Volume 95, Issue 10

Tuesday, September 18, 2001
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Bomb threat directed at Western

Terrorism: what should we tell the children?

UWO clubs pissed at "half"-assed deal

Old idea, same story for USC

Drugs, stolen bikes keep police busy

News Briefs

Terrorism: what should we tell the children?

By Kristina Lundblad
Gazette Staff

In the aftermath of the tragic events of Sept. 11, London professionals are offering advice to parents about what to tell the children.

"The main thing is to listen to your children and find out what their concerns are, like the safety of themselves and parents," said Barrie Evans, executive director of Madame Vanier Children Services. "They need to be reassured that they are safe."

The Thames Valley District School Board sent out a letter to staff and administrators on the day of the attacks containing similar advice.

"Students should be given lots of reassurances that they will be safe in their home, school and in their neighborhood," the letter said.

A similar letter was sent to parents that day, as well.

Tom Boniferro, acting co-ordinator of psychological services and co-chair for the Tragic Events Response Team of the Thames Valley District School Board, said the letters were sent in response to students' concerns.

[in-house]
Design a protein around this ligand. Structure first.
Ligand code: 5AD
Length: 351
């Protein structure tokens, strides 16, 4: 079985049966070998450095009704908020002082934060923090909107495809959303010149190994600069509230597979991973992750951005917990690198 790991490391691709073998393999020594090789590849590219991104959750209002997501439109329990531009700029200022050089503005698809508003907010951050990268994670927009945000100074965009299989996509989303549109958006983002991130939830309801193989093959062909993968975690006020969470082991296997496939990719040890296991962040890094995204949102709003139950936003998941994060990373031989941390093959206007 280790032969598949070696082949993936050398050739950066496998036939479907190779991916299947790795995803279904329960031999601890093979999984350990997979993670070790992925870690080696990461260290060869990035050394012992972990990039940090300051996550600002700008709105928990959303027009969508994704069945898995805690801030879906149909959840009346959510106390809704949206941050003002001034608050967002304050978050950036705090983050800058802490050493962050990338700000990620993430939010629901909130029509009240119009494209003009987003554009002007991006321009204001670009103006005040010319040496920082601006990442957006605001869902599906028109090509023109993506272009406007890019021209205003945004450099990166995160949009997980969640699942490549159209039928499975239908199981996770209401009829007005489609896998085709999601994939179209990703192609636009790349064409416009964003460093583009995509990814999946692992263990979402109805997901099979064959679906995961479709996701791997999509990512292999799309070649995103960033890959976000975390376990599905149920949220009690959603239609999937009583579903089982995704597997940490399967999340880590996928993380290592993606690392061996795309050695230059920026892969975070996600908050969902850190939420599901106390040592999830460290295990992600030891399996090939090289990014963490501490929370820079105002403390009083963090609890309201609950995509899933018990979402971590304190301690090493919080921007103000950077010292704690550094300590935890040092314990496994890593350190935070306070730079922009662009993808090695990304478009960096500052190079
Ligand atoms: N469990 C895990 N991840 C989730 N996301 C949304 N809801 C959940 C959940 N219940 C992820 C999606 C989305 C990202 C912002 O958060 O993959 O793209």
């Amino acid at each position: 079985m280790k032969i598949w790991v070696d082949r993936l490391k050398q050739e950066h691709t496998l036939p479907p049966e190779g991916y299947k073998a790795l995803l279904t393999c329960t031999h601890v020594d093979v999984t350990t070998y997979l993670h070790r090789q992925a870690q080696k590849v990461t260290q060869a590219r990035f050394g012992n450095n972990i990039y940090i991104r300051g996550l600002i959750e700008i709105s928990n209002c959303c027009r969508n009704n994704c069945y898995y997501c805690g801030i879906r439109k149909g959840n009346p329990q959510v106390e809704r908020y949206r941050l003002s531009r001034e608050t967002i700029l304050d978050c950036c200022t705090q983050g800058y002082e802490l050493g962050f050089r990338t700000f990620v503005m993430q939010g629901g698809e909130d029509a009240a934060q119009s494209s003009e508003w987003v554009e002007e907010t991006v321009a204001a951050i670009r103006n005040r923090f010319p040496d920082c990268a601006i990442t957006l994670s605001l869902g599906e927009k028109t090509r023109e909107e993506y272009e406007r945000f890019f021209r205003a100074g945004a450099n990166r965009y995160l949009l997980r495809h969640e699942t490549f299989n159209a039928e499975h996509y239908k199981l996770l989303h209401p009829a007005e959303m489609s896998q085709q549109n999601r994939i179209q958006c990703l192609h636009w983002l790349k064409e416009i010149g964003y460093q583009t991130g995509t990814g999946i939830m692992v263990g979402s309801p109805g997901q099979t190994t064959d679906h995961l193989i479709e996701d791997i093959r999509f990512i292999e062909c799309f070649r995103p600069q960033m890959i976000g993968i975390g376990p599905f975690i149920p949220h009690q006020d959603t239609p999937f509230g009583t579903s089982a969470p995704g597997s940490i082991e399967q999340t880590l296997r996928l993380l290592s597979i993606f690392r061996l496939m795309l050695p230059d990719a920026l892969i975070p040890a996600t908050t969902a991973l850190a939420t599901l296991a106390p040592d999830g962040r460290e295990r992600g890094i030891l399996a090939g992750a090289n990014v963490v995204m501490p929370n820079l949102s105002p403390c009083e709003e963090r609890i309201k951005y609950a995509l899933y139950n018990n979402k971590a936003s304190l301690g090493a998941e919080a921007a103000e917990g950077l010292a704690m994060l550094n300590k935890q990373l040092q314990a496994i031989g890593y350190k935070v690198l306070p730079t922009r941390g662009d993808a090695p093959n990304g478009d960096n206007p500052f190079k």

When addressing the need to reassure students, Boniferro stressed the need to be very factual and concrete.

"There is a lot of reassuring that has to go on during this week," said Angie Zehr, a Woodstock parent of four children who said she finds her strength and reassures her children through her faith.

"My six year old prays for all of the mommies and daddies," she said.

"Parents should reassure children of their safety, but must be realistic," said Sid Freedman, a clinical psychologist in London. "You can't falsely minimize the danger of what has happened or what could happen."

Instead, parents should be available for discussion without swamping a young child with information, Freedman said.

With news coverage announcing possible suspects, there are many concerns children will respond with racial comments and discriminate against some members of the community.

"Talk to children about not associating these evil things with any particular group," Evans said. "It's important to judge everyone as individuals and not label [broadly]. This is an opportunity to teach kids more tolerance and understanding.

"You can say it was specific 'bad people' who did this, who are a part of a group of 'bad people,' but do not identify the group," he said.

Since children often follow their parents' lead, a child's view depends heavily on the parents' view, according to Evans.

"Parents must examine their own beliefs during such times," he warned.

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Copyright The Gazette 2001